Last month we talked about the upcoming Treasure Island release. We just recorded the credits and all that’s left is one last quality review and this will be ready for your eager ears!
We’re also pleased to let everyone know that our next podcast serial after the conclusion of Dash Cardigan will be Thomas E. Fuller’s Nairobi Jack Rackham and the Lost Gold of the Atlantimengani! These voice tracks are in the can and editing will be starting very soon.
But perhaps most exciting is the next thing we’re in pre-production on – the entire series of Rory Rammer, Space Marshal! That’s right – every episode of this fan-favorite is going into the booth. Rory, Skip, Rex Gorbechev, DARIL T-8, Kryssa Feynman, Professor Irwin Feynman, and a whole gaggle of supporting characters will be taking you from the skies of Earth to the orbit of the moon very soon!
A few extra notes for this episode. We have big changes in store for this podcast. First, we have increased the sampling rate for this episode and for all future episodes.
When we started this podcast 10 years ago we purposely made the decision to encode each episode a lot lower than we needed to because the ultimate goal was to help people understand what audio drama was. We weren’t exactly the only game in town, but we were one of only a few audio drama companies that we knew about and what we wanted to do was draw attention to the art form and also let people know about our titles for sale. What better way than to have free samples? We also had years of live performances sitting around that didn’t meet our standards for sale, but were still something we were extremely proud of and didn’t want to keep to ourselves.
So, with all of that said, this episode, number 167 will be the last installment of what we have been so creatively calling “ARTC’s Podcast”. Next month we’re relaunching as the Centauri Express.
What’s going to be different? Lots. For one thing, we’re joining the club and will begin airing studio-produced episodes of some of the various serials we’ve written over the years, starting with our 13-part expanded story of Dash Cardigan. We’re also working on a new show intro and will be including additional segments from time to time that will feature panel discussions, interviews, and really whatever else you’d like to hear, so be sure to let us know at email@example.com. Plus there’s that improved audio quality we were just discussing.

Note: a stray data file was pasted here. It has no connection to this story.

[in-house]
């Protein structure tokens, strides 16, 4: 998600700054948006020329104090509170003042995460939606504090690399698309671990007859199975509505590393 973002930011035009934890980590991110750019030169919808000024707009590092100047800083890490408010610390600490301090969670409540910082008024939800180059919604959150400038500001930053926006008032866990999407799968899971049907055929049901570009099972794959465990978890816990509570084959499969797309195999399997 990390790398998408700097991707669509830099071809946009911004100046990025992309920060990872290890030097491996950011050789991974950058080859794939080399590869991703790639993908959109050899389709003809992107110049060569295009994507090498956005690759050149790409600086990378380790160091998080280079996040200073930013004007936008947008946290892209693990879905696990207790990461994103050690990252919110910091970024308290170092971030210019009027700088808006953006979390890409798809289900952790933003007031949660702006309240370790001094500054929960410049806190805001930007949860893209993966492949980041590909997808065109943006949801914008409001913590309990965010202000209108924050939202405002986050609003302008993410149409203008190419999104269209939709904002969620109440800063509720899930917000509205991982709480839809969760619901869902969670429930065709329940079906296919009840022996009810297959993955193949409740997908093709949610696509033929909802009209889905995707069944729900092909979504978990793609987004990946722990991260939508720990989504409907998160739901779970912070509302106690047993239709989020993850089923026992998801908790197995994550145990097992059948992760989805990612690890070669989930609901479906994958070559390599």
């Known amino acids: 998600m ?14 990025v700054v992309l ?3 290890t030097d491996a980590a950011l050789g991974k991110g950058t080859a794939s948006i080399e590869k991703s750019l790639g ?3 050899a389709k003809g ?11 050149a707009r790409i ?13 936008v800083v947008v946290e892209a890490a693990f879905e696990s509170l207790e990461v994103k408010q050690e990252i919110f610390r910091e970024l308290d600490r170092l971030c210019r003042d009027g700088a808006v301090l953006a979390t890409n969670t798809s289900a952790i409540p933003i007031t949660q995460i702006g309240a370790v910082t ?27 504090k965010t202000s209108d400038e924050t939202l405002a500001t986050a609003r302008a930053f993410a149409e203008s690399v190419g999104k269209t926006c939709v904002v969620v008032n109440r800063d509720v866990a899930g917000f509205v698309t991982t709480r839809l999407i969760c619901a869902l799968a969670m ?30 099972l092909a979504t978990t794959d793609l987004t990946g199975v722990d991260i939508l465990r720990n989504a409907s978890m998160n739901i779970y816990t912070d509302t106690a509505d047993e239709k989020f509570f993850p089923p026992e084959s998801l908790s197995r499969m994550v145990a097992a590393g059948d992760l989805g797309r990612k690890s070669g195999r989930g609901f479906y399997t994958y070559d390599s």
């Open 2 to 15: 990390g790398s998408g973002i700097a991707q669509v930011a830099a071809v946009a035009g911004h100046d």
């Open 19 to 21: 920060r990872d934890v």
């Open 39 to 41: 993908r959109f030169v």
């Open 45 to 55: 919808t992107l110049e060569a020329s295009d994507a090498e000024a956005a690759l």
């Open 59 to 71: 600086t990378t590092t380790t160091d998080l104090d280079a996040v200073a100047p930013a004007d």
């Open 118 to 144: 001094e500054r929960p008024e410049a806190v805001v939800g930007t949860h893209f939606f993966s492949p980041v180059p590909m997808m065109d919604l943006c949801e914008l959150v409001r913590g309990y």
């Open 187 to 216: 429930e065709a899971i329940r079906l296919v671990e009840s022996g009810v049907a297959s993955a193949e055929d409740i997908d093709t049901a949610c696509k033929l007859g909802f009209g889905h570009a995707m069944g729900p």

What’s going to be the same? How you get us. We’re sticking with the same publication platform and RSS feed, so you shouldn’t notice much difference except in the format of the content. Also the same, unfortunately, will be the publication schedule. I had hoped to be able to bring this to you every two weeks, but we’re still getting our studio legs under us, as it were. We’ve been performing live for so long that we’ve gotten pretty good at it, if we do say so ourselves, but adding studio work in there to go with those live shows is a bit of a learning curve. Plus, we want to be able to have a consistent schedule without any gaps in publication. We’re still shooting for that every two week mark, but we want to get there in a way that is sustainable.
For those of you who were enjoying the live performances, fear not. We’ll still be bringing those to you by way of Patreon, which you’ve heard me talk about for the last few episodes. All patrons at any level will be able to hear these updates, which will become free bonus content for those folks like Caran, Matthew, Kerry, Christa, John, Donald, Jason, Chelsea, Brad, Sterling, Ben, Richard, Shael, Juliana, and Sketch. The regular episodes of the Centauri Express will continue to be free, but we’d truly appreciate your support.
And the last thing I’d like to ask of you before we get into this month’s episode is for you to let us know what you’ve been doing while listening to ARTC’s Podcast. Do you listen while you drive? Just sit quietly? Catch Pokemon? Do you listen by yourself or make it a group activity? Let us know at firstname.lastname@example.org or head over to the main website at artc.org and use the Speak Pipe to leave us a voicemail that we can feature in later shows.